IRC as a DNS system

IRC is an ancient protocol used by multiple large networks. The protocol is popular for chat but flexible enough that all kinds of services have been built on top of it. A protocol based on IRC won’t easily die due to its long history as a chat protocol (there are IRC servers so old they’ve been online for decades.) Such infrastructure can be considered public, ubiquitous, open, and has withstood the test of time. Crucially: it has all the features needed to build a permissioned key-value store on.

The idea sounded promising to me in theory but before I went overboard I needed to verify if it would work. What I mean by that is would it be possible for a program to register a channel without the need for a human to verify their account? I knew that email registration was required on many popular IRC networks but I wasn’t sure if any were truly ‘open.’ So I manually tested about 20 different servers and eventually found one that allowed for account registration without email verification. This validated my theory that IRC could be used to build a name system. But how many of these servers were there?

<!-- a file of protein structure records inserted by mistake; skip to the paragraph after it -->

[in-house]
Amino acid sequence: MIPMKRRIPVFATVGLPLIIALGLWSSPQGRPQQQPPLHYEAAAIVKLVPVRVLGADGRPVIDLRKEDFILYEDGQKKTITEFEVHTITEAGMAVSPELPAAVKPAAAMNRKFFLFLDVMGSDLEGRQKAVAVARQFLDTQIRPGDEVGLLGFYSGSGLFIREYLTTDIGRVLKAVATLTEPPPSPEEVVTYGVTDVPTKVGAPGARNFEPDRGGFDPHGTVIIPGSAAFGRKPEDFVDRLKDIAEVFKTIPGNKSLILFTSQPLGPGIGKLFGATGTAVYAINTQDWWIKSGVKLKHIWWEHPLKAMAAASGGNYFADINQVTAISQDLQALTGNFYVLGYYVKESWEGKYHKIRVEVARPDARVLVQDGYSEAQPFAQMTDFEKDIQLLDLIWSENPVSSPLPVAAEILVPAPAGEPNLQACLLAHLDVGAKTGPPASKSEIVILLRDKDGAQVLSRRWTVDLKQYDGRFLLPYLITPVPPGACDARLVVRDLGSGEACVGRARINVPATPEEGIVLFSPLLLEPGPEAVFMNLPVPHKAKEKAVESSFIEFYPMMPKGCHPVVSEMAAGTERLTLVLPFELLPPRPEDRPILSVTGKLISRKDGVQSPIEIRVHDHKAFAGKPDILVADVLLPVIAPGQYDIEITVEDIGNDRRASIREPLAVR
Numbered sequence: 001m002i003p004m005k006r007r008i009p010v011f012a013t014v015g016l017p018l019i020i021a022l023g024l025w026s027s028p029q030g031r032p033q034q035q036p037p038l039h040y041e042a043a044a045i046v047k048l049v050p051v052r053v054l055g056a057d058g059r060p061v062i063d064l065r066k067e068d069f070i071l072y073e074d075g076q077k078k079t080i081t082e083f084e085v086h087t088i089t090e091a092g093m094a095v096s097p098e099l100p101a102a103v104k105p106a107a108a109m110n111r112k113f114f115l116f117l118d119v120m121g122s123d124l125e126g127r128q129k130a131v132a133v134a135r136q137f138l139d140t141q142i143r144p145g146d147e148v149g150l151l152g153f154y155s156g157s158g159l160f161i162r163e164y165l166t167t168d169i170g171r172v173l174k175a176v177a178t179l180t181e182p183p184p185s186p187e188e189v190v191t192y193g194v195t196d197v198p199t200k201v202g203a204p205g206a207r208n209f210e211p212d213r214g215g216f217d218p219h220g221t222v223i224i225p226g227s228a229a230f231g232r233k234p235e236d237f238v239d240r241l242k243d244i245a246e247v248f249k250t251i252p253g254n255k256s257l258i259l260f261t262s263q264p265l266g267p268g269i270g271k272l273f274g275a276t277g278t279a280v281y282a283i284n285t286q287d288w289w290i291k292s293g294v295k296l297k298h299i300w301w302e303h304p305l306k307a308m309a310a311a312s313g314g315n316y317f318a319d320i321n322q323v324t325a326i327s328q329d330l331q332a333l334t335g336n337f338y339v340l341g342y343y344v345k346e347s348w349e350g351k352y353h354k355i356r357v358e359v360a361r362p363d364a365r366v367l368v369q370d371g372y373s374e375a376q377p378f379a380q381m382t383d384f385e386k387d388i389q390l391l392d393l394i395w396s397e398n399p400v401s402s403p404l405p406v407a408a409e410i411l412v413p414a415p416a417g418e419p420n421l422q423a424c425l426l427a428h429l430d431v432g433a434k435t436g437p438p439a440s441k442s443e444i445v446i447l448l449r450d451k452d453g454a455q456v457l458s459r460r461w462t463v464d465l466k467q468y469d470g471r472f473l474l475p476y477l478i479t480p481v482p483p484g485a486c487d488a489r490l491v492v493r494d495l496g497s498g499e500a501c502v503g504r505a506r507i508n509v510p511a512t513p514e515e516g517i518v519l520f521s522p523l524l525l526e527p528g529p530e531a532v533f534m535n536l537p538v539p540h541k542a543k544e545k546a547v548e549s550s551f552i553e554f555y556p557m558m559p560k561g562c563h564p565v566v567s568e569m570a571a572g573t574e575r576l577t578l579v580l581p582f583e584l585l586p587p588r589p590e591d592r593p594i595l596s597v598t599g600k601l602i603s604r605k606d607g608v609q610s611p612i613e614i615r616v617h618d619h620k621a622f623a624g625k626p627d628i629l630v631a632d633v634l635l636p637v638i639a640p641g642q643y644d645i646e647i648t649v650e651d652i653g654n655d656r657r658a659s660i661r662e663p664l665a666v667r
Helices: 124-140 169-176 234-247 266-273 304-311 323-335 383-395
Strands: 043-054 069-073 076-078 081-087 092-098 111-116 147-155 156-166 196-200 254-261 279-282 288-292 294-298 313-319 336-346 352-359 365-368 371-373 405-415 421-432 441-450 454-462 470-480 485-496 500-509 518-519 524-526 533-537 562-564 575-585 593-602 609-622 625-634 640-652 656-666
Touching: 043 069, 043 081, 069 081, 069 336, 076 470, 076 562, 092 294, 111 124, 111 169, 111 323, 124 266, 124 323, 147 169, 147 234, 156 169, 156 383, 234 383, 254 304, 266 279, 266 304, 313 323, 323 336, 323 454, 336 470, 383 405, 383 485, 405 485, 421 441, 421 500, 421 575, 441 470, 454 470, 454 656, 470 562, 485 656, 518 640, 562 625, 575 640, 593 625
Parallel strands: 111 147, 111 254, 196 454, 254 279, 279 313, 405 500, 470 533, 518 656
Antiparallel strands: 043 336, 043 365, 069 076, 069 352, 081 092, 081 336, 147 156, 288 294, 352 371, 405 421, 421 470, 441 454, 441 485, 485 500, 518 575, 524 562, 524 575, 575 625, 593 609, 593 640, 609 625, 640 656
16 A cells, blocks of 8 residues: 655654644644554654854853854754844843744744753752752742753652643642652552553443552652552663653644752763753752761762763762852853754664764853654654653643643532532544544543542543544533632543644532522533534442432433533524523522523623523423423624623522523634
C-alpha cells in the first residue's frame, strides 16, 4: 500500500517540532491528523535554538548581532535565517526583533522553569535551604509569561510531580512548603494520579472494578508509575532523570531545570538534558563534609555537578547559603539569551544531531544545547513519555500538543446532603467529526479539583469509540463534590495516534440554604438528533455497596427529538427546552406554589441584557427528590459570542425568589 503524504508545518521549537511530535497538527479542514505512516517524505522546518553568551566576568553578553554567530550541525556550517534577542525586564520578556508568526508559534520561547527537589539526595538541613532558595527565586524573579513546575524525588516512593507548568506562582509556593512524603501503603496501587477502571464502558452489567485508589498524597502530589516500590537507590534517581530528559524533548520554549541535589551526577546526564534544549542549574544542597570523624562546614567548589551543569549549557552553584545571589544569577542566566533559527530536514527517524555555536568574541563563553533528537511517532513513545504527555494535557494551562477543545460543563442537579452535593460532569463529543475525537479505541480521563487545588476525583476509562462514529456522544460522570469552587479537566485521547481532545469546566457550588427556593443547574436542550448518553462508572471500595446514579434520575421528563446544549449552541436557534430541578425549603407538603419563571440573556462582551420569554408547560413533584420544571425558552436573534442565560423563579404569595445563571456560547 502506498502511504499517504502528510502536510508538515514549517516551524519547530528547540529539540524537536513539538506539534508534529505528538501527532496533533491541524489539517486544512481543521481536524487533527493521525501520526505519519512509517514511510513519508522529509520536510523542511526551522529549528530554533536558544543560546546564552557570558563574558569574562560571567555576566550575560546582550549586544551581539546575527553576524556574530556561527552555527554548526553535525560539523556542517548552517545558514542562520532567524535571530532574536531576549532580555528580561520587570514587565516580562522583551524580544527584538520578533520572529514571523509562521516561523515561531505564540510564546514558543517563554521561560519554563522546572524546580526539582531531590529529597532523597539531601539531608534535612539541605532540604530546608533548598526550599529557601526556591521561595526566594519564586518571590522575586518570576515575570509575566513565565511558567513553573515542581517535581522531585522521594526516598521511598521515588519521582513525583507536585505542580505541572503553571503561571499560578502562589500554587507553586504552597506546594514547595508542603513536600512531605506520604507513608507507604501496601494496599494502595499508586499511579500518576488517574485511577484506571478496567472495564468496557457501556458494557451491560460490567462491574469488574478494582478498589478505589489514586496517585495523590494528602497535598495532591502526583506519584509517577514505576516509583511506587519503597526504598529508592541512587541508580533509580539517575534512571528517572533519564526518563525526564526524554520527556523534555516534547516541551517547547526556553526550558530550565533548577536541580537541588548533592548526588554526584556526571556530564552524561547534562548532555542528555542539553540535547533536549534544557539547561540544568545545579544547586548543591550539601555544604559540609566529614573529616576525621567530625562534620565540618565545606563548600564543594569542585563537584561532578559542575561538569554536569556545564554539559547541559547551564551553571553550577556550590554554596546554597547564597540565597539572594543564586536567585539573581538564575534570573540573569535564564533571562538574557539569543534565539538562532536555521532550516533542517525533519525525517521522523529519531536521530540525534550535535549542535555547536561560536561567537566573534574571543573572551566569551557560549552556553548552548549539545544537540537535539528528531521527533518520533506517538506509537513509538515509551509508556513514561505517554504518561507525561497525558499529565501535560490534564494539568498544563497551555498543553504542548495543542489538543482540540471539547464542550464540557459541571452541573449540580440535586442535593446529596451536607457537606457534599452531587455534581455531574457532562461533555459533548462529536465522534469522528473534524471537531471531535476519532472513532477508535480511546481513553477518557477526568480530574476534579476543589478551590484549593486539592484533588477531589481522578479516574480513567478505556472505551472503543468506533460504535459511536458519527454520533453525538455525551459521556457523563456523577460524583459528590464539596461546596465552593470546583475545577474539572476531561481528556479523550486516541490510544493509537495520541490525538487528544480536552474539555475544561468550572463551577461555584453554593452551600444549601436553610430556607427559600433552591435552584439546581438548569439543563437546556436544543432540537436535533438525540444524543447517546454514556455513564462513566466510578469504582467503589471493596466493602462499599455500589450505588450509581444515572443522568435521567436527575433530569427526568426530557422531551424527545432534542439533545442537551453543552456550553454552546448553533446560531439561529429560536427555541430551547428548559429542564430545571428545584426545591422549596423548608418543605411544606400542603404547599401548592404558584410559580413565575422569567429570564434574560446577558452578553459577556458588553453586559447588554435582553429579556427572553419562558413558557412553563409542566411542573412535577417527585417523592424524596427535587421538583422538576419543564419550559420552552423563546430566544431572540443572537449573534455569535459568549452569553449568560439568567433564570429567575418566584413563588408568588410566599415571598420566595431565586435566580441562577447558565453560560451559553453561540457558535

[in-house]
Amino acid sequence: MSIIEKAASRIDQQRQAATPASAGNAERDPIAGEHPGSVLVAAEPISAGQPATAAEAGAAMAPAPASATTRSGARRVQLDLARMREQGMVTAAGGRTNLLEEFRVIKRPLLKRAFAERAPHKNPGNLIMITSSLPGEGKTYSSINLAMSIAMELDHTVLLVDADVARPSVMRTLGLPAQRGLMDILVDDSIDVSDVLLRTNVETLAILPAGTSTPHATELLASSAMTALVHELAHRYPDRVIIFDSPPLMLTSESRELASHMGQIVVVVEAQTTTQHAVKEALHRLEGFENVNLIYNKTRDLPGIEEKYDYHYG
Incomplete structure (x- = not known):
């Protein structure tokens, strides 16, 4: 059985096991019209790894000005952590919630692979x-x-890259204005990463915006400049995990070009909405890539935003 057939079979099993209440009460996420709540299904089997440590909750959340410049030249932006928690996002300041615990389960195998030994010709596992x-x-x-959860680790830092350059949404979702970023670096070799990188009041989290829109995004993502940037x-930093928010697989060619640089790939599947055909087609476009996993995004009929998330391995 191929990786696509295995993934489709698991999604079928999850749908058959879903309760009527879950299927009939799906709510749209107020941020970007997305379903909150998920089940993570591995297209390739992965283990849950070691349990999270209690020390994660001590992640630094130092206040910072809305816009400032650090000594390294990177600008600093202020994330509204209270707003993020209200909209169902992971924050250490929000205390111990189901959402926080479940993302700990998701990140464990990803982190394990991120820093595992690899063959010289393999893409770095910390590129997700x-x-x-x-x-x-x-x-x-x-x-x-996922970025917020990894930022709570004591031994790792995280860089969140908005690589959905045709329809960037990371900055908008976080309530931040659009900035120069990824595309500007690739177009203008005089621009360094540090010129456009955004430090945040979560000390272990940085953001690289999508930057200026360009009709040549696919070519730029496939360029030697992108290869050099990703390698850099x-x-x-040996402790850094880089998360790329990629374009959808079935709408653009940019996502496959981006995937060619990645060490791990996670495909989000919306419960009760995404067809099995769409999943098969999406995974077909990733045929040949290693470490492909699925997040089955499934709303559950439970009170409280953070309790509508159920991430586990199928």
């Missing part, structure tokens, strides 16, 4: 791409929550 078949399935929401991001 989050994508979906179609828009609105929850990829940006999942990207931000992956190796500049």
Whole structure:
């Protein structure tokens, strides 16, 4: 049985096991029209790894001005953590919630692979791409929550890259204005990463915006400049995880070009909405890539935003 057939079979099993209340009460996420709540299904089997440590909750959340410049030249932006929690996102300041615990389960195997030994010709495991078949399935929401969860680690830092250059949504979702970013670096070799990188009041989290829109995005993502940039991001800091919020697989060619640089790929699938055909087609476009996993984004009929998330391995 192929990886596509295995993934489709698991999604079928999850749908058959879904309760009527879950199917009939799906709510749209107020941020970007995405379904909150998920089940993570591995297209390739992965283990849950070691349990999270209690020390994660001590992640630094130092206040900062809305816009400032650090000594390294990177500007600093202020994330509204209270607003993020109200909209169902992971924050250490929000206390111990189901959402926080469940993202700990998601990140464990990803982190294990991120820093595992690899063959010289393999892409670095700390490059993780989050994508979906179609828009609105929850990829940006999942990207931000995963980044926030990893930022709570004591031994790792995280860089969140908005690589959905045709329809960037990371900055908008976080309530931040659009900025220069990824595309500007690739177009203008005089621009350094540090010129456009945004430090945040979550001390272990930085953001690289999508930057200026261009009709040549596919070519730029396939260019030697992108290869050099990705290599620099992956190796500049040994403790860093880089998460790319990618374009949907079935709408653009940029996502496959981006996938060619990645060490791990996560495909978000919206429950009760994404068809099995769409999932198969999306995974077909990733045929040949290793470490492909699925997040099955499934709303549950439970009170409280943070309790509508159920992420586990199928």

To answer this question I needed to code a specialized scanner. The tool should test an IRC server by attempting to register an account and then register a channel. I rapidly wrote this code and used the server I already found to test it. Next I needed a list of IRC servers to scan. A big list. I ended up compiling every IRC server list from all major IRC clients by looking at their source code. The scanner could rapidly test servers as it was written to be asynchronous. I was able to find around 11 servers representing a prevalence of 1 server every 20 teste. Of these 11 servers – 5 were dual-stack and supported SSL.

I decided to reduce my list to only the dual-stack servers. The requirement for SSL was due to the fact IRC is a plaintext protocol and I needed to send a password over the connection. At least with SSL the passwords would be encrypted. Then I filtered the servers that supported both IPv4 and IPv6.

How it should work